The Volokh Conspiracy

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More Judges Take Senior Status In The Week After Inauguration

We are seeing more evidence of strategic timing.


Yesterday, I blogged about a handful of judges who announced they would take senior status shortly after the inauguration. Today, Law360 reports on more judges who have decided to step down from active service. Here, I will indicate when each judge became eligible for senior status, based on my calculations:

  • Judge Phyllis J. Hamilton (NDCA)—2017
  • Judge Jeffrey S. White (NDCA)—2014
  • Judge William H. Alsup (NDCA)—2012
  • Judge Catherine C. Blake (DMD)—2015
  • Judges Richard D. Bennett (DMD)—2015
  • Judge Ellen L. Hollander (DMD)—2020
  • Judge Ursula Ungaro (SDFL)—2016
  • Judge Dan Aaron Polster (NDOH)—2016
  • Judge Victoria A. Roberts (EDMI)—2016
  • Judge B. Lynn Winmill (DID)—2017
  • Judge Michael W. Mosman—He will turn 65 in December 2021
  • Vanessa D. Gilmore—Will leave the bench when she turns 65 in October 2021

Law360 offers some commentary on the rash of retirements:

"They're just dropping like flies," said Carl Tobias, a University of Richmond law professor who tracks judicial nominations.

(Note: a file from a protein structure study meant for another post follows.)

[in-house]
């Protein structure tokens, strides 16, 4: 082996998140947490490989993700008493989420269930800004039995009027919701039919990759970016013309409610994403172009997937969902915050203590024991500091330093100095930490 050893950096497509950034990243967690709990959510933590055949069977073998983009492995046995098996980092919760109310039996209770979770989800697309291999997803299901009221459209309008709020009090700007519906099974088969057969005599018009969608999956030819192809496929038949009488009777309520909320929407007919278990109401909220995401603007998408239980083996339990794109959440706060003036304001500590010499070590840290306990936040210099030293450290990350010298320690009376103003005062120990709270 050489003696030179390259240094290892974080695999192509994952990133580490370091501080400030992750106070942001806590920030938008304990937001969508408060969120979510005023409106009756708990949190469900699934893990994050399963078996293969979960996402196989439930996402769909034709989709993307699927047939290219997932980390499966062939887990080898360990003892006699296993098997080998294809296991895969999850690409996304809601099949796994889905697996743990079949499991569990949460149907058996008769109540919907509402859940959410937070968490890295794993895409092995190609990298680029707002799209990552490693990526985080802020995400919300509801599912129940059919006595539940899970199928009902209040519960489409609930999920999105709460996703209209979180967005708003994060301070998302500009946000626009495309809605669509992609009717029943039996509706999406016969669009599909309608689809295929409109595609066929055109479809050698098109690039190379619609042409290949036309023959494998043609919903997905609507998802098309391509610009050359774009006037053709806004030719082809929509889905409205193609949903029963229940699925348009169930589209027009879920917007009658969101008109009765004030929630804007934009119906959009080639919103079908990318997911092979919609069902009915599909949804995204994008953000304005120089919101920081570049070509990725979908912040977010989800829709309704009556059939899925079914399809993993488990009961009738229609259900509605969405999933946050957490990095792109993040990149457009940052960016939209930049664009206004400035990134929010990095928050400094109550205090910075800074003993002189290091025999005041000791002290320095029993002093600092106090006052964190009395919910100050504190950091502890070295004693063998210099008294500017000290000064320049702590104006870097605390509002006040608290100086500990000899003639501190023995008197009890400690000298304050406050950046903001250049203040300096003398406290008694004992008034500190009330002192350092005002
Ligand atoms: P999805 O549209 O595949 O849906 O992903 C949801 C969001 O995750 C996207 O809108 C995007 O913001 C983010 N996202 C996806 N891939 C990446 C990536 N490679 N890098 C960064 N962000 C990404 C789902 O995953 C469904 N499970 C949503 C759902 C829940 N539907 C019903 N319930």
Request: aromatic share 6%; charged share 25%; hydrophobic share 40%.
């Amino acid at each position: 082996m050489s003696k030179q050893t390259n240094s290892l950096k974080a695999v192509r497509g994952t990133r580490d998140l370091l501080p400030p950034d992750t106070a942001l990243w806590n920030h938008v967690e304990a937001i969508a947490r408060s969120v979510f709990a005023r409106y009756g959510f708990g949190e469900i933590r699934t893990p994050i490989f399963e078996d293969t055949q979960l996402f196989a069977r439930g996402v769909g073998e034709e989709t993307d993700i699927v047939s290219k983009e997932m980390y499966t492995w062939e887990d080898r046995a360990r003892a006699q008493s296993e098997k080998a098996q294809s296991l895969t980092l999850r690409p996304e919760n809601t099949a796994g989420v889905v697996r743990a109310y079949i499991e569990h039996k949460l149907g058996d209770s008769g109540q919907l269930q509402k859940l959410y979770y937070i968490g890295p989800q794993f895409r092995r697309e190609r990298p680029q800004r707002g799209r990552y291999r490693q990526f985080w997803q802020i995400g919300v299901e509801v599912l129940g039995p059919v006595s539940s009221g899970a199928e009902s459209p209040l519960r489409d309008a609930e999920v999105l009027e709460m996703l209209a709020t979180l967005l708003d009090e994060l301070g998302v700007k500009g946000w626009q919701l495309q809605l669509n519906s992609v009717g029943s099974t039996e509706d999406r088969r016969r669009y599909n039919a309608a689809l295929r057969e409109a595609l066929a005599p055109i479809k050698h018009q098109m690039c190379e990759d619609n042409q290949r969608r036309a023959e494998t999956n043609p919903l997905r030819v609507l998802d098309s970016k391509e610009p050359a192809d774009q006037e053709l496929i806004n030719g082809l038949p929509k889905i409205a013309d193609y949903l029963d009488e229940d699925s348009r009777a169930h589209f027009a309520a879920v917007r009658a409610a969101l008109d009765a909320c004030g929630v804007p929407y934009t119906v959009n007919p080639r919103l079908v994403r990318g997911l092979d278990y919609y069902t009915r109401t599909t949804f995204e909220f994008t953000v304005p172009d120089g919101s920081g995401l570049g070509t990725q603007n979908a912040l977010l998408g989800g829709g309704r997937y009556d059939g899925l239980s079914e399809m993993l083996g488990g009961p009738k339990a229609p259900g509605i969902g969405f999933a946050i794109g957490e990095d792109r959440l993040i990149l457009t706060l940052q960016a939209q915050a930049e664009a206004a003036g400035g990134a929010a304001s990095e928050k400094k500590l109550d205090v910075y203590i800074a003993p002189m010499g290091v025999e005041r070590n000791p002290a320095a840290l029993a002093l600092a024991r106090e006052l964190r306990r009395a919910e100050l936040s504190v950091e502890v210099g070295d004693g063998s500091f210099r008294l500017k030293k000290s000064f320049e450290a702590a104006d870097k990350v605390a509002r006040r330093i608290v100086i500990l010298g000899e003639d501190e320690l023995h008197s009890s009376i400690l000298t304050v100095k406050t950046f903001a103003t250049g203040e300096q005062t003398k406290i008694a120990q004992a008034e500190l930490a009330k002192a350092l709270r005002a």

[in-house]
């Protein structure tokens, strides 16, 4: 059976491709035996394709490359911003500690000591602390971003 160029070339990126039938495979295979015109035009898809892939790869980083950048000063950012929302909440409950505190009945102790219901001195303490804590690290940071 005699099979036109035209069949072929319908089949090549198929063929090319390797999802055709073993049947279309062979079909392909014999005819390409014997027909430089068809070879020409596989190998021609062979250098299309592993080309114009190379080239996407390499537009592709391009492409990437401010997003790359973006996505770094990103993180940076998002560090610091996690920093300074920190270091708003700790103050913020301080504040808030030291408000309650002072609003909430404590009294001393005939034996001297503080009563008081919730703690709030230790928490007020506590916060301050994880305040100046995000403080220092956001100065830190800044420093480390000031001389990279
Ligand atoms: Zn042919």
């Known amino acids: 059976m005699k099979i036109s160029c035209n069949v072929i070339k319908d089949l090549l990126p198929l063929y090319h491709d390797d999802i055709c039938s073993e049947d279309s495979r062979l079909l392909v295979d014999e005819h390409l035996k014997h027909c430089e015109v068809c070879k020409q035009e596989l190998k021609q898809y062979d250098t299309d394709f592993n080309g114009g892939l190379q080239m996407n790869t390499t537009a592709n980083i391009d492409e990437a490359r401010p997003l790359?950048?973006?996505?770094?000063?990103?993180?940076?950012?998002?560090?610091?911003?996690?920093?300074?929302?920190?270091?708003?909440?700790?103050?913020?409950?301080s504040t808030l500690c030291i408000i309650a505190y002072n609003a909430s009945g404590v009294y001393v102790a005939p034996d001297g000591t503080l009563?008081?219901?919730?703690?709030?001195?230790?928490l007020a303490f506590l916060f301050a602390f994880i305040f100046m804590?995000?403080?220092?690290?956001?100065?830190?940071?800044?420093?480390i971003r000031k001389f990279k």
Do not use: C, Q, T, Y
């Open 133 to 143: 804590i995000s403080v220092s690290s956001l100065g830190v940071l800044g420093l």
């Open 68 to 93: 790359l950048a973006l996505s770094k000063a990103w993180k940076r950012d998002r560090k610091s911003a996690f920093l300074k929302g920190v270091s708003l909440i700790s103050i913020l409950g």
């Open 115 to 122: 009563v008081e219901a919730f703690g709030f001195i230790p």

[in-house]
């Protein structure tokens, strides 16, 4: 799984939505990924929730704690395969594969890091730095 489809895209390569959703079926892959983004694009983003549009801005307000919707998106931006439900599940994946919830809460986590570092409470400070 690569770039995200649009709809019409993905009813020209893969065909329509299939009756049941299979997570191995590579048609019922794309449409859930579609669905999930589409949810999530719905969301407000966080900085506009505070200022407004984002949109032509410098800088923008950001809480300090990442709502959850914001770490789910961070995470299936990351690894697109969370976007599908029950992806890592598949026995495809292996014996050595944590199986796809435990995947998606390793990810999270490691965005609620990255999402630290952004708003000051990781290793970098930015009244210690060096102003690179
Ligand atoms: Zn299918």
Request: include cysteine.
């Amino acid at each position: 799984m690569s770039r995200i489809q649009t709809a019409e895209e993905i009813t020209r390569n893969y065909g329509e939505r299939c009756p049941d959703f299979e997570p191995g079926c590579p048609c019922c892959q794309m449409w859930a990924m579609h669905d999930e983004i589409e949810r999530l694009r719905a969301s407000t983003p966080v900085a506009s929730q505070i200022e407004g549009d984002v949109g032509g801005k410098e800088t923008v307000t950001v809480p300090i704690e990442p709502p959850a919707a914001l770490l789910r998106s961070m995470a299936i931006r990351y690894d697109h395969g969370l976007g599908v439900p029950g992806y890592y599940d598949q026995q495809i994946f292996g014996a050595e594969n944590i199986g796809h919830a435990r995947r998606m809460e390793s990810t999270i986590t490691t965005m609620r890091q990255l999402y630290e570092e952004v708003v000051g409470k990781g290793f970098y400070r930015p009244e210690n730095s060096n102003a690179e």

Nine of the 13 retiring judges were appointed by Democrats — eight by Clinton and one by President Barack Obama. Of the four GOP appointees, three were confirmed when their states had at least one Democratic senator whose support would have been required under Senate traditions.

The flurry of transitions so soon after Biden took office suggests some judges may have been waiting out President Donald Trump: Ten of the 13 judges have been eligible for senior status since at least 2017.

In my forthcoming article, I am considering how to measure the ideology of the judge who takes senior status. The ideology cannot be measured solely on the basis of the appointing President. Because of factors like blue slips and the (former) judicial filibuster, a nominee may be quite distant from the appointing President's ideology. For example, a George W. Bush nominee in a double-blue state (with two Democratic senators) may be closer to a Clinton nominee in a double-blue state.

Leading Democrats suggest that these judge declined to step down because they didn't approve of the sorts of judges Trump would appoint in their stead:

Senate Majority Leader Chuck Schumer, D-N.Y., suggested as much Monday on MSNBC.

"There will be lots of vacancies that come up," he predicted. "I think there are a lot of judges, Democratic appointees who didn't take senior status while Trump was president, who now will."

Sen. Sheldon Whitehouse of Rhode Island, a senior Democrat on the Judiciary Committee, said Wednesday that he thought judges delayed retirement plans because Trump named unqualified lawyers with ideological credentials, in his view.

"I have to believe that there were some judges who looked around at the pool of Trump nominees and, setting aside their political persuasions, thought … 'We can do better than this gong show of political clowns,'" Whitehouse said on a panel with the liberal Alliance for Justice.

Stay tuned. I will continue to track this issue.